Nine Elms Lane was named around the year 1645, from a row of elm trees bordering the road, though a path probably existed between York House and Vauxhall from the 1200s. In 1838, at the time of construction of the London and Southampton Railway, the area was described as “a low swampy district occasionally overflowed by the River Thames [whose] osier beds, pollards and windmille and the river give it a Dutch effect”. Nine Elms railway station opened on 21 May 1838 as the first London terminus of the London & South Western Railway, (LSWR) which that day changed its name from the London & Southampton Railway. The neo-classical building was designed by Sir William Tite. The station was connected to points between Vauxhall and London Bridge by Thames steam boats. It closed in 1848 when the railway was extended via the Nine Elms to Waterloo Viaduct to a new terminus at Waterloo (then called Waterloo Bridge). The redundant station and the adjacent area, to the north of the new main line, became the LSWR’s carriage and wagon works and main locomotive works until their relocation to Eastleigh in 1909. The company’s largest locomotive depot was located on the south side of the main line. The buildings were damaged by bombs in World War II, and closed in 1967. They were demolished in 1968 and replaced by the flower section of the New Covent Garden Market.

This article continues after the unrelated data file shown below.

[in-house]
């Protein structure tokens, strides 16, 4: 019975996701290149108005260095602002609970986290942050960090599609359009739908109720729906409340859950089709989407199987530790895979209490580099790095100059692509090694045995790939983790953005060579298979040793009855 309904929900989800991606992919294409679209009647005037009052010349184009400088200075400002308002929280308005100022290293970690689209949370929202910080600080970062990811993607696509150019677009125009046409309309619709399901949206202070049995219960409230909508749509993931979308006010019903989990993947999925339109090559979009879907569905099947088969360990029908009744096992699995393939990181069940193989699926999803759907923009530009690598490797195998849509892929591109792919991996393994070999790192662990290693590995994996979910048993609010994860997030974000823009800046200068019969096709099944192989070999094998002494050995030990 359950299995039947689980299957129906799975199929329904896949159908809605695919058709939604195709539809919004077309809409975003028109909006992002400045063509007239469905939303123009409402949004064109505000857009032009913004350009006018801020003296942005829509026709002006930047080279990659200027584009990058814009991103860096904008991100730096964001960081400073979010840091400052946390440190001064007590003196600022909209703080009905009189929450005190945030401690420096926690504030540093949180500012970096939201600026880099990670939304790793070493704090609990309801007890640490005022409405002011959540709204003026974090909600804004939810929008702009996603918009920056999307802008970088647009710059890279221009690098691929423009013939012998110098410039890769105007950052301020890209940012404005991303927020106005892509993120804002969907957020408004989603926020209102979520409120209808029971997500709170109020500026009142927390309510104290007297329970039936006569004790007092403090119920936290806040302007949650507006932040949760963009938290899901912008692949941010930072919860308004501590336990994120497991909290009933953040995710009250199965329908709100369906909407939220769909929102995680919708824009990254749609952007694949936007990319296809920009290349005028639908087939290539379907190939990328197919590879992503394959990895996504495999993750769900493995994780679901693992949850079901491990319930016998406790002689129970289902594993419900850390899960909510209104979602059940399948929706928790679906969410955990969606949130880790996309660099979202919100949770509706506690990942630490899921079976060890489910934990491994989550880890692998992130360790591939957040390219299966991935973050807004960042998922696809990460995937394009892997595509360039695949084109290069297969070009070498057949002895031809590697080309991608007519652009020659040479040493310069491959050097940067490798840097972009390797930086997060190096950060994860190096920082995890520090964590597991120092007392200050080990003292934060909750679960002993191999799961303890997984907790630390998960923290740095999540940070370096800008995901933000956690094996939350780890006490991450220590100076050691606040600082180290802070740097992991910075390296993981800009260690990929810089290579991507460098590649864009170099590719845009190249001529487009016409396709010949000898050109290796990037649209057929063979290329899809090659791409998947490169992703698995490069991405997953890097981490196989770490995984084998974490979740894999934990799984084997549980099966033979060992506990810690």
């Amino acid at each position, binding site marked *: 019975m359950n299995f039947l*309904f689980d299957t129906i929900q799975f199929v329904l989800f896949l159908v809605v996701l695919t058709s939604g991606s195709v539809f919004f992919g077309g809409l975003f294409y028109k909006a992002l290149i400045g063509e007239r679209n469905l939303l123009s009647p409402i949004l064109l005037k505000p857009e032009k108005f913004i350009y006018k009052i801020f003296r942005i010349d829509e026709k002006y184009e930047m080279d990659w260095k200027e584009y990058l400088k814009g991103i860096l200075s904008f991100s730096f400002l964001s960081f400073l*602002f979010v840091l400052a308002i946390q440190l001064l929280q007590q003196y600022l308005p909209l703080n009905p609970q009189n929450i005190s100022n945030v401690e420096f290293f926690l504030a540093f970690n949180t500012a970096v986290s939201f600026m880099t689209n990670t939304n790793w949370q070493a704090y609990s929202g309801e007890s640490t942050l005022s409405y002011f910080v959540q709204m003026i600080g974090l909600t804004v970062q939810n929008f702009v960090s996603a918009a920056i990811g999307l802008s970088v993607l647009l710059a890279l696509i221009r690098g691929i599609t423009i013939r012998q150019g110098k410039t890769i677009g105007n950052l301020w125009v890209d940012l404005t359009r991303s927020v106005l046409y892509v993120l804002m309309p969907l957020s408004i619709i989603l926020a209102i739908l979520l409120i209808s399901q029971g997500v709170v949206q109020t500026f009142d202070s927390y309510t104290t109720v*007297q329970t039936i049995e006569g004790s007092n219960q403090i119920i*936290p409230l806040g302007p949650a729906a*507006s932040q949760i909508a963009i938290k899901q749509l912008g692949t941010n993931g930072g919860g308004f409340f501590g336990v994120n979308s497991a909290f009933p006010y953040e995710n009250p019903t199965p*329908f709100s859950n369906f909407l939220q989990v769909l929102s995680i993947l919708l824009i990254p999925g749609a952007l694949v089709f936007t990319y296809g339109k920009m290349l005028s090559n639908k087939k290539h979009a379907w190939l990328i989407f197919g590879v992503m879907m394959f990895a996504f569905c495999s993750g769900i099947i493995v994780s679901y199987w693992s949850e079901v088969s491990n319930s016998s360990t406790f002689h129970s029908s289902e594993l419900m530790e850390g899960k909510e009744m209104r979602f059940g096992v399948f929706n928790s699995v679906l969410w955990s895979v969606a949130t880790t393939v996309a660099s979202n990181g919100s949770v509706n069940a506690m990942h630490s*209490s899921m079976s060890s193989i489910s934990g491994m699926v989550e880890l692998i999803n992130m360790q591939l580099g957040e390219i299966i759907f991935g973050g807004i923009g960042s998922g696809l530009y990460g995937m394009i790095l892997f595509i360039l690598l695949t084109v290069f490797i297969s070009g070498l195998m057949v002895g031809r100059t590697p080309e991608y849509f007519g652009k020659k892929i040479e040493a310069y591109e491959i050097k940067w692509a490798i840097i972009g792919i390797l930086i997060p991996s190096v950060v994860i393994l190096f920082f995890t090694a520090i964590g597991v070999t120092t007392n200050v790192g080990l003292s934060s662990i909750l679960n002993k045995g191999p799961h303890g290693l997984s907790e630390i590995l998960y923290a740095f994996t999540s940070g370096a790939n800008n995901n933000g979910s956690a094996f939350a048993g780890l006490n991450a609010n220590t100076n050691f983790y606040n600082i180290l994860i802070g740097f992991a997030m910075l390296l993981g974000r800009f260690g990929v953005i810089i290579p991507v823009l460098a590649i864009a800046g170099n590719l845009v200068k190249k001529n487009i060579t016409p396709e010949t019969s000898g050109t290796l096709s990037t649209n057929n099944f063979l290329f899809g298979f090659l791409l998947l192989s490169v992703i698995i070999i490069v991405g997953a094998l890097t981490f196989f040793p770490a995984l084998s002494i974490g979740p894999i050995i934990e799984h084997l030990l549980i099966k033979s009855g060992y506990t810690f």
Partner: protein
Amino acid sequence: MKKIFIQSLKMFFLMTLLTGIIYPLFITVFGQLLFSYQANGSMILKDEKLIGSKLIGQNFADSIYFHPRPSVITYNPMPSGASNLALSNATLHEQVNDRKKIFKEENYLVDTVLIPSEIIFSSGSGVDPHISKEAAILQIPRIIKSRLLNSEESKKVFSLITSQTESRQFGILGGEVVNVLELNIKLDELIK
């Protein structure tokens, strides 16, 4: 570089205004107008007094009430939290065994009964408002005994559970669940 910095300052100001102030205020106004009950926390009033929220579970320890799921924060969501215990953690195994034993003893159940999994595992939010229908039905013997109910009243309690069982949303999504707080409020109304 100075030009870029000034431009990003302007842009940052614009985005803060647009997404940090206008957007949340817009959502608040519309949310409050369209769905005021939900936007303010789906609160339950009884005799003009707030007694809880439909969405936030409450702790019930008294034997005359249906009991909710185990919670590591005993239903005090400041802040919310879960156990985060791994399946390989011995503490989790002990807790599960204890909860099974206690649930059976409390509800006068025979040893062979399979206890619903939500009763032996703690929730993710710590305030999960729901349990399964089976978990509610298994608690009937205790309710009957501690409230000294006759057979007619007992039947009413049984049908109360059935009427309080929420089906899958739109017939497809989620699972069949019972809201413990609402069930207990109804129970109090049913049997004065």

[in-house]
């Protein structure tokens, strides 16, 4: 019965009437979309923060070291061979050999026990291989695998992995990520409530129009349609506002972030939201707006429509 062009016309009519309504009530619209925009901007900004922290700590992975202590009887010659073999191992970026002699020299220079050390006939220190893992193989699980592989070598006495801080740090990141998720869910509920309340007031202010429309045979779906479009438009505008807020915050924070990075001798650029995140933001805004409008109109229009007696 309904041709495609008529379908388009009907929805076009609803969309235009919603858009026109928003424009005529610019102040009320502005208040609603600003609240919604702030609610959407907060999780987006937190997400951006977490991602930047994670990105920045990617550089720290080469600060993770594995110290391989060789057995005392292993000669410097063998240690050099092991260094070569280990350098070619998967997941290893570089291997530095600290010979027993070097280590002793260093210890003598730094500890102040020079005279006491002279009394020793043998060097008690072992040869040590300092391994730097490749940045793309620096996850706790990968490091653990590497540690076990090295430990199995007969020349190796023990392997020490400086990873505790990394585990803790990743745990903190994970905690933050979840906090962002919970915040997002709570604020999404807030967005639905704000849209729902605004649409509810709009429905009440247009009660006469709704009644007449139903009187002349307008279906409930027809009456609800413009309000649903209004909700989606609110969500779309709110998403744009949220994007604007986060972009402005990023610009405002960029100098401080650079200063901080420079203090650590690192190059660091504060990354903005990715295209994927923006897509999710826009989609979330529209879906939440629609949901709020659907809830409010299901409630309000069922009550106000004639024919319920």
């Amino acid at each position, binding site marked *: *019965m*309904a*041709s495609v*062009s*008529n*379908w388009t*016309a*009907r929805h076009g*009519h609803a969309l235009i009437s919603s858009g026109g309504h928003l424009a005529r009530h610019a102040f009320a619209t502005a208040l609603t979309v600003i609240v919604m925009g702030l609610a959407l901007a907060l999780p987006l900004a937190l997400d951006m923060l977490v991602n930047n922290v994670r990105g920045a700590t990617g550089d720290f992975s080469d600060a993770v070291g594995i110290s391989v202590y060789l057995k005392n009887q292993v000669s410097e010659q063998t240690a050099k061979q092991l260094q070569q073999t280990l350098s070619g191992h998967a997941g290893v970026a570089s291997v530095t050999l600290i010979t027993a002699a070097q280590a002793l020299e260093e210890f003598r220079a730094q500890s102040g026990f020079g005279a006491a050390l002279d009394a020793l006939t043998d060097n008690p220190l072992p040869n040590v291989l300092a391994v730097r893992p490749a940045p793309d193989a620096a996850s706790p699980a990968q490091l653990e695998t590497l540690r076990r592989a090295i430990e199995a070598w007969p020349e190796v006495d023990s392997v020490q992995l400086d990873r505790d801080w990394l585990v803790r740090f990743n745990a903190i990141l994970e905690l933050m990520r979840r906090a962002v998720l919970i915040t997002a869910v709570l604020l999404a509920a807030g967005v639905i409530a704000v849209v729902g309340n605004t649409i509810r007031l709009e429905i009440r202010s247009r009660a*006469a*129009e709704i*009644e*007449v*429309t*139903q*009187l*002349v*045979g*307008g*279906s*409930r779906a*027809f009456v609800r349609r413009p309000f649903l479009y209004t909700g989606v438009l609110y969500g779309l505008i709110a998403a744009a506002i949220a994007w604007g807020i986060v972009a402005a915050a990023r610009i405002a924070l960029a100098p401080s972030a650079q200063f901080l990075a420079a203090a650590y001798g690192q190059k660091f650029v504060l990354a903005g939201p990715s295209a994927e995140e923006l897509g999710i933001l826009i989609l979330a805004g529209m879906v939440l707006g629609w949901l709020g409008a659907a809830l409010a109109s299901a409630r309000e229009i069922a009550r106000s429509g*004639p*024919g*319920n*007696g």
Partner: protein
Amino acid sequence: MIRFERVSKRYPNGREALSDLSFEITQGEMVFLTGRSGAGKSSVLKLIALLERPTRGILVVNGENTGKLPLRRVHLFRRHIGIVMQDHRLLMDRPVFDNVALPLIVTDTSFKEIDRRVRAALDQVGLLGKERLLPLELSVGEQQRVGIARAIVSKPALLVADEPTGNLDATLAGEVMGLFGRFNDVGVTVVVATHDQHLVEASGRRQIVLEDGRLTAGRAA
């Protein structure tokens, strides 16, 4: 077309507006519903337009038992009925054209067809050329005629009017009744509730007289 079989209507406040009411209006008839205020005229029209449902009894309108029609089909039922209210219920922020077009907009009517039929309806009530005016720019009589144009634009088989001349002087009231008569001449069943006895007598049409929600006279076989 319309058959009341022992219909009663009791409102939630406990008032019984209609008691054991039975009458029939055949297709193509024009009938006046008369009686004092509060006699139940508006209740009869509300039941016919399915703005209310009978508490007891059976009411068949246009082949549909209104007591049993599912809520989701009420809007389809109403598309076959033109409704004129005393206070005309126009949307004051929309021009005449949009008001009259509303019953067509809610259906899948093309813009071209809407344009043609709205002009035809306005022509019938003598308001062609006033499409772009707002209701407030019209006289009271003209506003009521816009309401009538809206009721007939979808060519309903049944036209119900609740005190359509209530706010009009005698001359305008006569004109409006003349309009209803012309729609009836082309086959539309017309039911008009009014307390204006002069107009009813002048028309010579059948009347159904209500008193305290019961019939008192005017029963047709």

Find out more interesting & historical facts about Nine Elms at https://en.wikipedia.org/wiki/Nine_Elms